Manly Pavilion review

Makeover magic works its charm at Manly Pavilion.
Makeover magic works its charm at Manly Pavilion. Photo: Dominic Lorrimer

West Esplanade Manly, NSW 2095

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Opening hours Lunch, dinner and drinks daily from 11.30am
Features Outdoor seating, Licensed, Bar, Accepts bookings, Views, Family friendly, Pub dining, Long lunch, Open fire, Wheelchair access, Vegetarian friendly
Prices Moderate (mains $20-$40)
Phone 02 9974 2041

Even on a grey and blustery day, the Manly Pavilion is a spiffing place to be. Behind you, green cliffs.

Before you, ferry-dotted views across the harbour to the Heads. And directly in front of you, fish and chips and a glass of Polperro pinot gris.

The wedding cake pavilion has carved out a special little waterside niche for itself since it started life as a bathers' changing room in the 1930s.

Chargrilled kingfish collar is sticky, saucy fun.
Chargrilled kingfish collar is sticky, saucy fun. Photo: Dominic Lorrimer

Even as it lay sad and shuttered for the past three years, it proved an irresistible lure to the Isaac brothers' Boathouse Group, drawn to seaside venues (Palm Beach, Rose Bay, Balmoral, Shelly Beach) like a seagull to a chip.

Boathouse founders Andrew Goldsmith and Pip Robb have given the old dear a makeover and now she's awash with greenery, adorned with lobster pots and lined with anchor print lampshades.

A busy schedule of oft-postponed wedding receptions and events is playing out in the ground floor function room, while the first-floor restaurant is all scallop-shell bar, terrazzo floor, ornate mirrors and soft linen table napkins. It's totally charming and fresh.

Prawn and mussel laksa is a play on everyone's favourite spicy Malaysian noodle soup.
Prawn and mussel laksa is a play on everyone's favourite spicy Malaysian noodle soup. Photo: Dominic Lorrimer

Group exec chef James Brownrigg plots a course for the menu by the usual Boathouse stars – fish and chips, crab toasties, pizza flatbreads, prawn cocktails.

He then charts a different course with a few newbies, with a success rate that goes up and down like a Manly ferry tossed around by the swell.

There's a chargrilled kingfish collar that's all sticky, saucy fun, for just $11.

Kingfish crudo with plantain chips.
Kingfish crudo with plantain chips. Photo: Dominic Lorrimer

A savoury gochujang glaze outside seasons the soft, giving meat inside, begging to be squeezed with lime and torn from the bones. It's a good sign, too, that the kitchen buys whole kingfish and parlays it into different dishes across the board.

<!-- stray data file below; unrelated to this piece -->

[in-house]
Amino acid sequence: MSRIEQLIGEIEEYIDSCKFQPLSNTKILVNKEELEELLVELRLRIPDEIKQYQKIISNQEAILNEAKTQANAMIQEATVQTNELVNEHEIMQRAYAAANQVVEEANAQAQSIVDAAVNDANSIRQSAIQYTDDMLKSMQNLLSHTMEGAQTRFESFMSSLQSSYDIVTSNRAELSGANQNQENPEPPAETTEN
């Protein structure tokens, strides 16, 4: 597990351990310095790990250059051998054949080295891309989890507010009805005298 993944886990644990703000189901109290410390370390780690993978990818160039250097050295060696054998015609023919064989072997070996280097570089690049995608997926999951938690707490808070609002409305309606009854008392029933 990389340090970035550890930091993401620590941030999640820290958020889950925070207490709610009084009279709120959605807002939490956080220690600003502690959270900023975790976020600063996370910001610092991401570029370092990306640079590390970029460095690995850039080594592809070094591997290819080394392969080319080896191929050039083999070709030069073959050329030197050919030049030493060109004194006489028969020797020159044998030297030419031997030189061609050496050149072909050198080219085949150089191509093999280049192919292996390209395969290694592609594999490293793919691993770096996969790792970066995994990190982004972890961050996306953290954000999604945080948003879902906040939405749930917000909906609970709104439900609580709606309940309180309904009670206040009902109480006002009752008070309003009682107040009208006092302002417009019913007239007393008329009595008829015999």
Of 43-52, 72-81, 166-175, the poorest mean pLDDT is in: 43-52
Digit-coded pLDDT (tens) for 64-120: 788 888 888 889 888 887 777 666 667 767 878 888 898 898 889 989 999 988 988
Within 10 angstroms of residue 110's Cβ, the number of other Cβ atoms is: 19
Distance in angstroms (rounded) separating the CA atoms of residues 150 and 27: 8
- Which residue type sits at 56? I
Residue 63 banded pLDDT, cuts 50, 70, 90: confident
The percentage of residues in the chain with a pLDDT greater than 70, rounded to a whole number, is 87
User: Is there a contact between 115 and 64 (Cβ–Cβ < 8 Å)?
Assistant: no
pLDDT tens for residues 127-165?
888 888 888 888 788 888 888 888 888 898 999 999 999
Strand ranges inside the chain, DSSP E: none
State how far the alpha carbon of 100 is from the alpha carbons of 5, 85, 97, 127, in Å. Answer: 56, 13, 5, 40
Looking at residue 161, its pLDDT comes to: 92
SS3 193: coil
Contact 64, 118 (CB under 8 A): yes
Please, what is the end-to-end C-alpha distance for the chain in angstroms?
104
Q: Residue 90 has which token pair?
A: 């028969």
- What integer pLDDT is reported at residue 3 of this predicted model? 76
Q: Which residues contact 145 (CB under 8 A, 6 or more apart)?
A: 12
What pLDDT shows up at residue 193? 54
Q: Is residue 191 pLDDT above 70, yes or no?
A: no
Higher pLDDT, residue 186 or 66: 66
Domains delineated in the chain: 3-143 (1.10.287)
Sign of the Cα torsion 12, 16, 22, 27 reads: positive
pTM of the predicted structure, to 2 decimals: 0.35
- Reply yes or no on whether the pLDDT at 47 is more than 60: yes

As ceviche ($27), each thick, even slice of kingfish is topped with red chilli in a puddle of coconut milk and lime, but it's strangely bland; more of a texture than a flavour. Crisp plantain chips – another recurring theme – add crunch.

Another newcomer of prawn and mussel laksa ($36), is a play on everyone's favourite spicy Malaysian noodle soup, but comes, oddly, without noodles.

Red cabbage and beetroot.
Red cabbage and beetroot. Photo: Dominic Lorrimer

Not sure of the thinking here. It's a very large golden-brown slurry of curry, nobbly with cashews and strewn with crisped curry leaves, with four big tiger prawns and four shelled mussels on top.

An impressive display, but it just doesn't work as a dish, noodles or not, and I'm relieved to hear later it will be quietly retired from service. The equally large Balmain or Moreton Bay bug linguine ($38) looks to be a better bet.

It's very rare that I get halfway through a dish and come to a stop, not because I actively dislike it, but because I am bored.

Bounty chocolate and coconut dessert.
Bounty chocolate and coconut dessert. Photo: Dominic Lorrimer

It happens with a pizza-like flatbread bearing Queensland bay lobster, bechamel and chilli ($29) that never quite gets off the ground, and a piled-high shredded beetroot and red cabbage salad ($12) whose flavours aren't as bright as its colours.

Desserts are more entertaining. Group head pastry chef Marco Iacobbe does a clever Bounty dessert ($16) that looks like half a coconut, the rough, crisp shell of chocolate holding a light, delicate, white coconut bavarois.

They haven't nailed the menu yet, and opening a restaurant and event space in the face of two long weekends was obviously pretty challenging.

The locals haven't worked out how best to use Manly Pavilion yet, either, but they will. My tips: colonise the bar, hog the armchairs and fire-tables (yes, tables with an open fire in the pedestal) on the terrace.

Meet up for drinks and oysters, and treat the kids to fish and chips and house-made Paddle Pop ice-creams.

If you stay cool, expect a wait, be nice to the fairly junior staff and don't order anything too fancy, the old place will still work its magic.

The low-down

Manly Pavilion

Vibe Sparkling fresh dining room and terrace with postcard-perfect sea views

Go-to dish Kingfish collar with chilli and lime, $11

Drinks Beachy cocktails (Boathouse margarita), 15 beers, a non-alcoholic drinks list and Australian/French wine list.

Terry Durack is chief restaurant critic for The Sydney Morning Herald and senior reviewer for the Good Food Guide. This rating is based on the Good Food Guide scoring system.

www.manlypavilion.com.au